How to reduce the impact of the loss of 3rd-party cookies

Future cookieless worries marketers

The cookieless future is a topic of concern for many marketers who have so far focused their efforts on strategies dependent on ad tracking and the possibilities of third-party cookies. It is therefore important to understand the context of this future, what exactly is meant by the so-called “death of cookies” and which cookies will live on in brands’ web ecosystems. As well as understanding what solutions can be implemented right now to reduce the impact of the loss of third-party cookies, better understand consumers, deliver fully personalized communications and enable real-time experiences that respond to their needs.

Apple, Google and the end of third-party cookies

To understand the context in which we find ourselves, we have to go back to the entry into force of the GDPR. This regulation did not only focus on cookies, but put the focus on how data is collected, how it is processed, what it is used for and with which permissions all these actions are performed. This regulation therefore puts at the center of the issue what data owners, brands and advertisers, do with the data they track, for what purposes and with what permissions users need to have.

At the same time, Apple has placed itself in an advanced position in terms of defending users’ privacy with what it has called ITP – Intelligent Tracking Prevention. This regulation has ended up with the blocking of third-party cookies by Safari and a high level of restriction on first-party cookies. To keep third-party cookies, it is necessary to activate a few settings in the browser, and as for first-party cookies, Safari restricts the retention of information to a maximum of 7 days for standard JavaScript cookies or only 24 hours if they pass information through link decoration -a process generally used to pass customer IDs to Google, for example-.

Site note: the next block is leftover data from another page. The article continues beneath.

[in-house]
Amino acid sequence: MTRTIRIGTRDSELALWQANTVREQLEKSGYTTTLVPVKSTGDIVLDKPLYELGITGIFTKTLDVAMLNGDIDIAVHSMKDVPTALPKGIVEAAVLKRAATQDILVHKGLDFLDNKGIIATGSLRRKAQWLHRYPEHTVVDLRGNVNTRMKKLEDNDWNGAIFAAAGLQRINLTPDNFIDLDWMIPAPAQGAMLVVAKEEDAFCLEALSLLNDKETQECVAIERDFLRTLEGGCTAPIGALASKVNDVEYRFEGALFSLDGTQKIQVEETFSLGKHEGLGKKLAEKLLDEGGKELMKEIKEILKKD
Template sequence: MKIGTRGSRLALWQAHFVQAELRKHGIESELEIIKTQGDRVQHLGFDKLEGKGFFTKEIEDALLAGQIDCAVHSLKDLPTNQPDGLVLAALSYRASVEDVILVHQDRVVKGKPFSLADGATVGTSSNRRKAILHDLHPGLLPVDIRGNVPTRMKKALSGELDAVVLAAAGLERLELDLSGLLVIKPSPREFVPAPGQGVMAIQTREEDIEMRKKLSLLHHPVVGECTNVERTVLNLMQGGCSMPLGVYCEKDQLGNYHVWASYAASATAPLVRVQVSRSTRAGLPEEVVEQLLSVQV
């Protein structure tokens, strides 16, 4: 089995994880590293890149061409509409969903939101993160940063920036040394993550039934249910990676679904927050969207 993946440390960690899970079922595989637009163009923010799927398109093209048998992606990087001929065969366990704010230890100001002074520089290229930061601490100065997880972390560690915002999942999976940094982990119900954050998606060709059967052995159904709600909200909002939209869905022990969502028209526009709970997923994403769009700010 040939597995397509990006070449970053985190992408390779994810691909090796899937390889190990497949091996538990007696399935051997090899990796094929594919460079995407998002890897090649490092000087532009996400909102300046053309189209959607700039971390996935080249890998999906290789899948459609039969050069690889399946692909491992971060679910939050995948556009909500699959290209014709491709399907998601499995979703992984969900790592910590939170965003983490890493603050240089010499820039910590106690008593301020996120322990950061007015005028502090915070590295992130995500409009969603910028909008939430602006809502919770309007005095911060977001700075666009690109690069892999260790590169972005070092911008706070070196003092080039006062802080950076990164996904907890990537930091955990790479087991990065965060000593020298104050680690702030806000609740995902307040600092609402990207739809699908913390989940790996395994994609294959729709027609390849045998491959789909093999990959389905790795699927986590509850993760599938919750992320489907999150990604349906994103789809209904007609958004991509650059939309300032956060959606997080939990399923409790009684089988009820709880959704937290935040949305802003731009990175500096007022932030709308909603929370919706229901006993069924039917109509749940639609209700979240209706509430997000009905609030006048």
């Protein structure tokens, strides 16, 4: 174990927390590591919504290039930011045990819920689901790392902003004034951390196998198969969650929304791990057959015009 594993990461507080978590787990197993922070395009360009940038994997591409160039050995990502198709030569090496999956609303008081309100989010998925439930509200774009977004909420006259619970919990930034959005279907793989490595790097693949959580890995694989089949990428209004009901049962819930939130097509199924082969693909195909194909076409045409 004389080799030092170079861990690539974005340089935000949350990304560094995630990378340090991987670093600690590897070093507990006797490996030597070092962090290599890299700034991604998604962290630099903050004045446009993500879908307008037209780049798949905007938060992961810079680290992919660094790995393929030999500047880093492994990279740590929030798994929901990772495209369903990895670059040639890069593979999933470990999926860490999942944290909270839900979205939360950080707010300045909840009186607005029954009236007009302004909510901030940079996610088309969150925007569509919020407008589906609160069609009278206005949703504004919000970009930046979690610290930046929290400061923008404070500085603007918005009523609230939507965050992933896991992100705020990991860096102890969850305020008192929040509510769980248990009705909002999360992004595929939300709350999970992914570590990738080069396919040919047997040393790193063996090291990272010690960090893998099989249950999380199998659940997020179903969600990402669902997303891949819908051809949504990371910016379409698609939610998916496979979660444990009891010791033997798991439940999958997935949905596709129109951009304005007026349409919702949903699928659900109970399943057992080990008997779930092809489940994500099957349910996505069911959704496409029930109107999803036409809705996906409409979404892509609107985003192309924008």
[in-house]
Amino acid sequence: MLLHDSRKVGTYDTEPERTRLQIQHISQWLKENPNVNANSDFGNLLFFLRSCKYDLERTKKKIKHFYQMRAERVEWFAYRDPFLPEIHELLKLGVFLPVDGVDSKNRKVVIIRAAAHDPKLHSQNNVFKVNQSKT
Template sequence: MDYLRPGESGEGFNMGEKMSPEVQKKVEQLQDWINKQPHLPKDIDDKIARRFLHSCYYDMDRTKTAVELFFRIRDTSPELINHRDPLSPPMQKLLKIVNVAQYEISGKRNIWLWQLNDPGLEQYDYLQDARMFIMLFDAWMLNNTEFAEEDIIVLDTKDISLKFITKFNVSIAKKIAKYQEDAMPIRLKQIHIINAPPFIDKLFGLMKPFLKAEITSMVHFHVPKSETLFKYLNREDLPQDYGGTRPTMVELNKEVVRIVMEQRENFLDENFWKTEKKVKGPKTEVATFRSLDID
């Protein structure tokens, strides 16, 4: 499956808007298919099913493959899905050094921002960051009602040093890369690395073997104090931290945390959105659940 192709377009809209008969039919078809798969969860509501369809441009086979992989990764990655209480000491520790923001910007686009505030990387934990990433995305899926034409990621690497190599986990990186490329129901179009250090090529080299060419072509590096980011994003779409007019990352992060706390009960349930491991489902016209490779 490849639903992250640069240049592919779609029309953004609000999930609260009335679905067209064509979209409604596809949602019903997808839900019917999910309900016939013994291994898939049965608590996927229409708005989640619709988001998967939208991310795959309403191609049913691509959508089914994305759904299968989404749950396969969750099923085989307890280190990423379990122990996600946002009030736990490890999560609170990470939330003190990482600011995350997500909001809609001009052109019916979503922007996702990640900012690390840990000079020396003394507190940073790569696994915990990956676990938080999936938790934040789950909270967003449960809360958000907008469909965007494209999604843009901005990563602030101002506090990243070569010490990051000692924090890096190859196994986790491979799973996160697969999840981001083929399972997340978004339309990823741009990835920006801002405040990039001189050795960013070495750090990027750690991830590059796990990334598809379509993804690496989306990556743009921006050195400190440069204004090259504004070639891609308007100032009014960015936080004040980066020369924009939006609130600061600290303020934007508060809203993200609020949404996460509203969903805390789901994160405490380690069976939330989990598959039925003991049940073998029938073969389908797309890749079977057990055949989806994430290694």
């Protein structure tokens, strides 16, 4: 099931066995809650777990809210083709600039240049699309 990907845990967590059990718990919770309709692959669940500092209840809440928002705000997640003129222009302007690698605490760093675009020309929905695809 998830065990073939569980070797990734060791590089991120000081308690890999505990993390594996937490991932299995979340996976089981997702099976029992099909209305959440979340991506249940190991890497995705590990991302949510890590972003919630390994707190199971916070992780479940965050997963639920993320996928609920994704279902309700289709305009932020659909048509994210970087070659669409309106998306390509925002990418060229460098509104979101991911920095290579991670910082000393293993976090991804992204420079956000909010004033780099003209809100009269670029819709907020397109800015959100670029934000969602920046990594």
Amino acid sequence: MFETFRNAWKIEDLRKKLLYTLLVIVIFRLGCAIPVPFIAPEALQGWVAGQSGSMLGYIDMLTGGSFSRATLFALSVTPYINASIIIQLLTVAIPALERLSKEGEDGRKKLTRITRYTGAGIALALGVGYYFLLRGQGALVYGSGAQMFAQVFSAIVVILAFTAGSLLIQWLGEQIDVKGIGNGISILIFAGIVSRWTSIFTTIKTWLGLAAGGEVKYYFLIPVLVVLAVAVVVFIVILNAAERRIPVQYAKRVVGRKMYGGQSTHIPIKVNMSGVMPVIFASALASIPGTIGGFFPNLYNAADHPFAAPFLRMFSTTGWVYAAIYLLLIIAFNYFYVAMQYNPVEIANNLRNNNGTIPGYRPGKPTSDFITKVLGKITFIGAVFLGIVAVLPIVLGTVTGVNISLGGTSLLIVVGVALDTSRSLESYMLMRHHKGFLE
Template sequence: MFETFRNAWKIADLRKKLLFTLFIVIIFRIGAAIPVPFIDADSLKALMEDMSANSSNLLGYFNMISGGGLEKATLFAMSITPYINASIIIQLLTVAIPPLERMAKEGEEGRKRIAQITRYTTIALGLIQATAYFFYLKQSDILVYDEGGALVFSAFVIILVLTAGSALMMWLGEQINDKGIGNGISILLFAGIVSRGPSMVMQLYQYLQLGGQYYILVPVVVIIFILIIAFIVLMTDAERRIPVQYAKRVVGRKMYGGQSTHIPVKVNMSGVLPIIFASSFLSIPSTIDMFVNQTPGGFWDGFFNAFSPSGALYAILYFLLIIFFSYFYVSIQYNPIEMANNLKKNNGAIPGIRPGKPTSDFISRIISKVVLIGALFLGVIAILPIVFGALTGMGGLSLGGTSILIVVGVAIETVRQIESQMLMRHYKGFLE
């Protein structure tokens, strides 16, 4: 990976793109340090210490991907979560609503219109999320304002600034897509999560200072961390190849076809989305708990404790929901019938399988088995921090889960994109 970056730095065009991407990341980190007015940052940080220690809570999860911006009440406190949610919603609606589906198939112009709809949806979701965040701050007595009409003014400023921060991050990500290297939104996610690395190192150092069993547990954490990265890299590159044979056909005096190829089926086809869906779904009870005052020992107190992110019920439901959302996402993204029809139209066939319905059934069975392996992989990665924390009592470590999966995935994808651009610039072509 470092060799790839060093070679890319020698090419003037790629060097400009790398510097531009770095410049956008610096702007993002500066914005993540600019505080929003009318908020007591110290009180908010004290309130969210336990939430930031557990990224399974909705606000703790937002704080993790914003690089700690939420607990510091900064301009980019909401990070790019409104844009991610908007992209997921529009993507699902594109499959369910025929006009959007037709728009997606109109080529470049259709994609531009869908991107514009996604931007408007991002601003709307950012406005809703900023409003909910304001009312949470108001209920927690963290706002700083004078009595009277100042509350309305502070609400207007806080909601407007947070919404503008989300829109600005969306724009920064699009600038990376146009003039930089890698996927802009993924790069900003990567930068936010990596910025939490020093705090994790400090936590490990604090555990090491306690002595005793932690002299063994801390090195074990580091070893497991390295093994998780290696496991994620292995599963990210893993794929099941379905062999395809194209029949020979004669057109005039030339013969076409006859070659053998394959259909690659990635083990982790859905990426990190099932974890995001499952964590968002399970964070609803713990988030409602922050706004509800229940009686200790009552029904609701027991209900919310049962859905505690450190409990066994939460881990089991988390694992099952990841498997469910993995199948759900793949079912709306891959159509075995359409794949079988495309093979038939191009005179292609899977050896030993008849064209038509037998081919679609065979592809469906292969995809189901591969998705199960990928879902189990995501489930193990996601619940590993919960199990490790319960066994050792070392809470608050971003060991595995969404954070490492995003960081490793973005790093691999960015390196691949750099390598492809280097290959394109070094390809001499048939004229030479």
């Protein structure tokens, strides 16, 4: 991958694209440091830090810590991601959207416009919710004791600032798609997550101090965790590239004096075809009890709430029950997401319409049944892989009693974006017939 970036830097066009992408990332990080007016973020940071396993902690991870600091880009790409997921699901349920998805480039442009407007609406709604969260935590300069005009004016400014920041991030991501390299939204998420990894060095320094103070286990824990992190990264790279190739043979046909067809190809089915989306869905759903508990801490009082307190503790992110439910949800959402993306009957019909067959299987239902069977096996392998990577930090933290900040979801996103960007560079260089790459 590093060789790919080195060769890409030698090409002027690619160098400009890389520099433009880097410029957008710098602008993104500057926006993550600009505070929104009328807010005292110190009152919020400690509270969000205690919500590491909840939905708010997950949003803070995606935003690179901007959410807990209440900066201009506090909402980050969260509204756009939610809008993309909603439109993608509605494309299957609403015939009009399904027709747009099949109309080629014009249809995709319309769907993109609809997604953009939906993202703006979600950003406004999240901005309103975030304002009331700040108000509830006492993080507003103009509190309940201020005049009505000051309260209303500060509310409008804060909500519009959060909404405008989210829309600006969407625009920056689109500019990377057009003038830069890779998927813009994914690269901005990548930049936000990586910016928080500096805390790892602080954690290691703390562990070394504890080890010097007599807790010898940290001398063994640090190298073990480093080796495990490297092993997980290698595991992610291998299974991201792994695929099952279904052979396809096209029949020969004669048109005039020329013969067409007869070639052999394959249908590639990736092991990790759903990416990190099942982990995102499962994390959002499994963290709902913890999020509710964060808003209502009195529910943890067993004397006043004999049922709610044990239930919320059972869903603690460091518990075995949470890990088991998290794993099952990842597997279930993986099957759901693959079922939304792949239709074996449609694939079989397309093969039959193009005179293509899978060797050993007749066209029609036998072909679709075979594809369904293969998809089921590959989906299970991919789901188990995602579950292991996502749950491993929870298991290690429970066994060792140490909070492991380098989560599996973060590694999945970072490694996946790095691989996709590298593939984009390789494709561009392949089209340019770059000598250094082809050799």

On the other hand, from an advertising perspective, Google has also joined in the elimination of third-party cookies in its Chrome browser -first in 2022, then in 2023 and finally at the end of 2024-. In this sense, Google has launched the Privacy Sandbox initiative with the aim of creating web standards to facilitate the use of user information without compromising their privacy and, in this way, also facilitate online advertising without the use of third-party cookies.

Technological, behavioural and mindset changes

In combination with both these regulations and technological changes, the pandemic has changed the shopping behaviour of many consumers in recent years, with online sales growing by 20% in just three months. These consumers have not only moved online, but have stayed online and even changed their behaviour. In this sense, it is key to understand how they now behave across different browsers and devices.

With these four elements with a strong behavioural component, the path ahead of marketers is one of data analysis and the development of experiences and customer journeys with a completely customer-centric approach. This is why the objectives of Digital Marketing strategies have to be customer-first rather than looking to exploit all their data.

Are we facing the death of cookies?

There is often talk of the death of cookies, but this is not really the case. Cookies will continue to exist. In fact, the biscuits that will be on the table from 2024 onwards will be first-party HTTP cookies – also known as server-side cookies. This is a type of cookie that is more secure than JavaScript cookies, which obtain information through a call between the website and the browser, and which are not included in Apple’s ITP restrictions and are therefore not subject to expiry after 7 days.